The Costliness of Change

Someone posted Feynman’s personal appendix to the Rogers Commission Report (the report on the failure of Challenger) to Hacker News this morning. I’ve read it several times, but this line stood out at me this morning:

The proper way to save money is to curtail the number of requested changes, not the quality of testing for each.

It was found that while the hardware engineering practices were directly to blame for the loss of the vehicle and her crew, the software engineering practices were top notch. There was growing pressure to reduce the cost of changes to the space shuttle’s computer software, and this was Feynman’s response to that attitude.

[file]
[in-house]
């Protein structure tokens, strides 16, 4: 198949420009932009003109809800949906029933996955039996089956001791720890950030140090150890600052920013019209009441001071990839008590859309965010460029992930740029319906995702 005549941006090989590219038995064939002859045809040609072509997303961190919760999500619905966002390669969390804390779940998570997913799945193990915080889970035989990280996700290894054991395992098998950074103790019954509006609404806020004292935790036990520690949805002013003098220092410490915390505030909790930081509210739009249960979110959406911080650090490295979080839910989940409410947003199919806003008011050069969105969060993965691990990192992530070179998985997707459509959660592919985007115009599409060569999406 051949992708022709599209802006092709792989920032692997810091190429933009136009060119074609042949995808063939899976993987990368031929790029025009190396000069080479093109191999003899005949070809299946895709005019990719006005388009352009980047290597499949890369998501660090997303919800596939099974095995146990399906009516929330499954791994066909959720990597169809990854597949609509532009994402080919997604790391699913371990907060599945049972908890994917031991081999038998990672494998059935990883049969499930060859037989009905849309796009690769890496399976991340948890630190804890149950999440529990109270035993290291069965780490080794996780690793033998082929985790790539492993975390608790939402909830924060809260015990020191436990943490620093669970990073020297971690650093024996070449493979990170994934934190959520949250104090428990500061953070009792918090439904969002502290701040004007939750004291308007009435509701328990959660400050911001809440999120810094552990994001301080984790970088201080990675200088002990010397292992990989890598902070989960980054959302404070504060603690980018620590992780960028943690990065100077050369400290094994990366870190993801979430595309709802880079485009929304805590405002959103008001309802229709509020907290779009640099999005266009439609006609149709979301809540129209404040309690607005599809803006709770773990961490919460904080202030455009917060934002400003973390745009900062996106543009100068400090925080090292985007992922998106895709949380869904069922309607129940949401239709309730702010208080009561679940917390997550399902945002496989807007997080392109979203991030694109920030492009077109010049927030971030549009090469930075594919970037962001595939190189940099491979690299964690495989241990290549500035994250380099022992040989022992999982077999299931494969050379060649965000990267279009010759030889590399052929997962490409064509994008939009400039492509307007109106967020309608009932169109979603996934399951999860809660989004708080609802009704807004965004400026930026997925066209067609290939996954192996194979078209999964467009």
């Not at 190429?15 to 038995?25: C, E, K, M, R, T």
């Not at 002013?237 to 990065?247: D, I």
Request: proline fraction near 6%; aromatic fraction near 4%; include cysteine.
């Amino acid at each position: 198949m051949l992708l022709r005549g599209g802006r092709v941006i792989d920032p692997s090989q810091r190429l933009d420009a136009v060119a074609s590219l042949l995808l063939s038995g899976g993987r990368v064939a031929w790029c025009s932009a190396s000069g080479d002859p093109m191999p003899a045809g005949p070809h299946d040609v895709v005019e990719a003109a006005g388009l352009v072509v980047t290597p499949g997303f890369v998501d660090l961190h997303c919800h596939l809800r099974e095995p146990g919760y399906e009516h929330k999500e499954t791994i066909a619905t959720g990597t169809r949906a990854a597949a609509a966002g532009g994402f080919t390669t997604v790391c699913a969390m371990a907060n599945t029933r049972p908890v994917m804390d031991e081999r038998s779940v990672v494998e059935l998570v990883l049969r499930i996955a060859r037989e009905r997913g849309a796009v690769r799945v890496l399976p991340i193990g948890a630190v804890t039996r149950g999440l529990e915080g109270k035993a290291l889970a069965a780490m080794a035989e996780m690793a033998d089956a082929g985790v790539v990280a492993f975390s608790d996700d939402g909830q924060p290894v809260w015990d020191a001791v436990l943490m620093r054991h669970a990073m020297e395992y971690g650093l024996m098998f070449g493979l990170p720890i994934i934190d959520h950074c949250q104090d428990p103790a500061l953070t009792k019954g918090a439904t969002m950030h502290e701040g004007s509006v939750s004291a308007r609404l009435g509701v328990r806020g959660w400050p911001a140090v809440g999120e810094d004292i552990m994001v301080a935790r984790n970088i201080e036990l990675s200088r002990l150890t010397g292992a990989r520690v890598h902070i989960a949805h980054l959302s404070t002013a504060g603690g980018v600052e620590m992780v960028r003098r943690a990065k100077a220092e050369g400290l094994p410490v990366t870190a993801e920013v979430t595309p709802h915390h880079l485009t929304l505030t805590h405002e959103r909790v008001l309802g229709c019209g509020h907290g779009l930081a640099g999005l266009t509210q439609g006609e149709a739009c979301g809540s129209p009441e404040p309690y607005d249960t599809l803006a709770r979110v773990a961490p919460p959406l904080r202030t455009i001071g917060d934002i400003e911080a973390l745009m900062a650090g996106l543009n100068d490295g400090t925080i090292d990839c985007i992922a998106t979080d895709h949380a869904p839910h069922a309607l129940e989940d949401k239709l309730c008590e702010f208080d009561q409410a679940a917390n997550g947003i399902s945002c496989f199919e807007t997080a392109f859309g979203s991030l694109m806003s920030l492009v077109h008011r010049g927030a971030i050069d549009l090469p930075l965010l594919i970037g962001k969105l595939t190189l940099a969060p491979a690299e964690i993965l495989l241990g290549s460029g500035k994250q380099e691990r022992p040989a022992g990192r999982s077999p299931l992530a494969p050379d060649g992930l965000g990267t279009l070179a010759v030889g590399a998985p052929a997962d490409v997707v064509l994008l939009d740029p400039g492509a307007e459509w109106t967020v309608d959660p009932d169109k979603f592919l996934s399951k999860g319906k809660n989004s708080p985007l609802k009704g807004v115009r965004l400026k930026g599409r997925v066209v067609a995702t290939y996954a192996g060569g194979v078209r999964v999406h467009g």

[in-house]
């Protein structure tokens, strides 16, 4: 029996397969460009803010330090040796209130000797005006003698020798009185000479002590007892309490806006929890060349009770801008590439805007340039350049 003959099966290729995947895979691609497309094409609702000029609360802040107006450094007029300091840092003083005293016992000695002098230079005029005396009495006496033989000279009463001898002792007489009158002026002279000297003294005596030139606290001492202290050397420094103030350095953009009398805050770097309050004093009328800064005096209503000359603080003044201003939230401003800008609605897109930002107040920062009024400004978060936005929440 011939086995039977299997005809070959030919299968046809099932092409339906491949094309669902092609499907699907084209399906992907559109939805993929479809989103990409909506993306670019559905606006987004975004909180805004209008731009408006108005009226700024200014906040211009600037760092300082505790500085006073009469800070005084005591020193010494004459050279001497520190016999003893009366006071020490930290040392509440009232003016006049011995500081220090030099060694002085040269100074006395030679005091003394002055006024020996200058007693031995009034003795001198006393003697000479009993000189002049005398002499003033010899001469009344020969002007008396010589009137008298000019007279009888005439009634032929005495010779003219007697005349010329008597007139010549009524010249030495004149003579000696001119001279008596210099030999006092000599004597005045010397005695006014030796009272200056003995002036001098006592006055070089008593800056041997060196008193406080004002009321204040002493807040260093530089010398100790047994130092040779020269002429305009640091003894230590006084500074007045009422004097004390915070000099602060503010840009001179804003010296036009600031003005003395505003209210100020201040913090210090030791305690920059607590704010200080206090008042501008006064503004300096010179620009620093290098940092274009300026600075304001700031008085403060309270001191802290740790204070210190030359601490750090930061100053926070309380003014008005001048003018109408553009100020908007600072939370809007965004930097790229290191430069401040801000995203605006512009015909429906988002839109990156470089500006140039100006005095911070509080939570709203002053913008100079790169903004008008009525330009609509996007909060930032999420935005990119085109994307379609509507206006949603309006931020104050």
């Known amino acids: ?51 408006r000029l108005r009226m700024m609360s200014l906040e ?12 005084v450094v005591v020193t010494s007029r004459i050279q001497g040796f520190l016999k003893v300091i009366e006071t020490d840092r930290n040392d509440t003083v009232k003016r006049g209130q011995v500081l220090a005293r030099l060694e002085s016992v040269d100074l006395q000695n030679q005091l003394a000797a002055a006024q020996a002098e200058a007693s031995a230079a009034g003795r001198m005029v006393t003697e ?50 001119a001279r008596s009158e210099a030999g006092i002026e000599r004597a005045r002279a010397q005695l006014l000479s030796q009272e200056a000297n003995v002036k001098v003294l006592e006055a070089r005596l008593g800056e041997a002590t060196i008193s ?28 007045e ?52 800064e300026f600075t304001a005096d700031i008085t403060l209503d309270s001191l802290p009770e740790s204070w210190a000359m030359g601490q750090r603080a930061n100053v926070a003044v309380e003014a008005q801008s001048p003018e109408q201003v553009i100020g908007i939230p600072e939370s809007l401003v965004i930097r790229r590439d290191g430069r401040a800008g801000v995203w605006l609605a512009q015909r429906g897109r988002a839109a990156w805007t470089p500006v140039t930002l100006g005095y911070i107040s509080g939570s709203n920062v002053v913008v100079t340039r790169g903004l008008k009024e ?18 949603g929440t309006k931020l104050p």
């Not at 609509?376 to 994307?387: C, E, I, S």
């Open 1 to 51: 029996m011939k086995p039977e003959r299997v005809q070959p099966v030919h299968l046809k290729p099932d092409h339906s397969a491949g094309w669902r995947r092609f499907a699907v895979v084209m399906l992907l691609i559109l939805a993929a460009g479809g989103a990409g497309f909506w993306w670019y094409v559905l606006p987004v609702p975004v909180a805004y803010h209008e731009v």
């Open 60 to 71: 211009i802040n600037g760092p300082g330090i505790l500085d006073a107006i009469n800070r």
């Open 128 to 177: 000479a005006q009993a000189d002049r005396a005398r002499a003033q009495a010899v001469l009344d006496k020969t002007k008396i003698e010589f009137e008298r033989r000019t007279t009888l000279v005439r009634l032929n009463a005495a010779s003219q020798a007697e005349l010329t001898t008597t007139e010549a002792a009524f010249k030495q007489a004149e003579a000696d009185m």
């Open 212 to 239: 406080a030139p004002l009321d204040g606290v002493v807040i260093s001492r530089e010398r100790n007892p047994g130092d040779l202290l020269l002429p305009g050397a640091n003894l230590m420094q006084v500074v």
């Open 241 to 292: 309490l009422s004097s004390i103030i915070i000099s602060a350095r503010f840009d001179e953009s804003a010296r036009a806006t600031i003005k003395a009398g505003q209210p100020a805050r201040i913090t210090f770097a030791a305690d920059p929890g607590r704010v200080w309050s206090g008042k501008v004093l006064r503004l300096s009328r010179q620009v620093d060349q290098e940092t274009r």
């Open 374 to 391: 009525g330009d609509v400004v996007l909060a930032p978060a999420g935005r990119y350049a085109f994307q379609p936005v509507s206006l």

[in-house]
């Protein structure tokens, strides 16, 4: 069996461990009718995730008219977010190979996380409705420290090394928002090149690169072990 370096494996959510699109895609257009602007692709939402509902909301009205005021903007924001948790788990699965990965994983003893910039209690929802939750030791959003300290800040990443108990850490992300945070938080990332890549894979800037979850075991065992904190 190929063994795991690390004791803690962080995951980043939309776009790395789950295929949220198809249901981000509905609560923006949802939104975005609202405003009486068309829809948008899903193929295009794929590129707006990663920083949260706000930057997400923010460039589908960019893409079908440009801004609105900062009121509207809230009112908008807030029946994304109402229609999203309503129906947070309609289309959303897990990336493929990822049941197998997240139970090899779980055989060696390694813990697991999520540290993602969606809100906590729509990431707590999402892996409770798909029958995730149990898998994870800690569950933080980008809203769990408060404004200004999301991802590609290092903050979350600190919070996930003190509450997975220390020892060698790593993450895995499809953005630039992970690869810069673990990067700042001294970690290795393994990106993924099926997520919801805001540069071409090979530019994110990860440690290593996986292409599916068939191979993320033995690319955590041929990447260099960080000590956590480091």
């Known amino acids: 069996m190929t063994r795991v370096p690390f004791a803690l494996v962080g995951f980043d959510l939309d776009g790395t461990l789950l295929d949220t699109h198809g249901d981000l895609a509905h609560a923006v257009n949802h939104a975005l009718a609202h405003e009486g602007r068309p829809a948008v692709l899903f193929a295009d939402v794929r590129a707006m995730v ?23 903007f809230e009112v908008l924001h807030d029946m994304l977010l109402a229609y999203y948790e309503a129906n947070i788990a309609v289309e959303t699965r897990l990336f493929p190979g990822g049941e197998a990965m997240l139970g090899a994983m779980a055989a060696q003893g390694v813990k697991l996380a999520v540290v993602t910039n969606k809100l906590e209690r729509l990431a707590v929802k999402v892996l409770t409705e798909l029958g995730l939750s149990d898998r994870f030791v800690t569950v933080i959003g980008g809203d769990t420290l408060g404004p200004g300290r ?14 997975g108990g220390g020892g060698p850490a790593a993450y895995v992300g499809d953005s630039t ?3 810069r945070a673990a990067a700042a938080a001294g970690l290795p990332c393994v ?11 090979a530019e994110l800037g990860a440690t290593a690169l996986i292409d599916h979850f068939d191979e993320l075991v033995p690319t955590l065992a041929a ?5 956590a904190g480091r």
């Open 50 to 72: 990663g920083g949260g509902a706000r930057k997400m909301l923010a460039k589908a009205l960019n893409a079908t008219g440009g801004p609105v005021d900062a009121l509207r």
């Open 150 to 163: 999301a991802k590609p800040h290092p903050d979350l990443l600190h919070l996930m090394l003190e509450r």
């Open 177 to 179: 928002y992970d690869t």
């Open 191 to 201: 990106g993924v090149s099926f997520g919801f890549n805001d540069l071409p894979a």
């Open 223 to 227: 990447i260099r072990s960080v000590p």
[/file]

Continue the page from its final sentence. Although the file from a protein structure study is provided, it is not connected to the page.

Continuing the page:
It strikes me as wise, even if most of us aren’t sending people to space. We should constantly be aware of what it costs to change the plan and not sacrifice our principles to do on-budget what we, or even our client’s, want.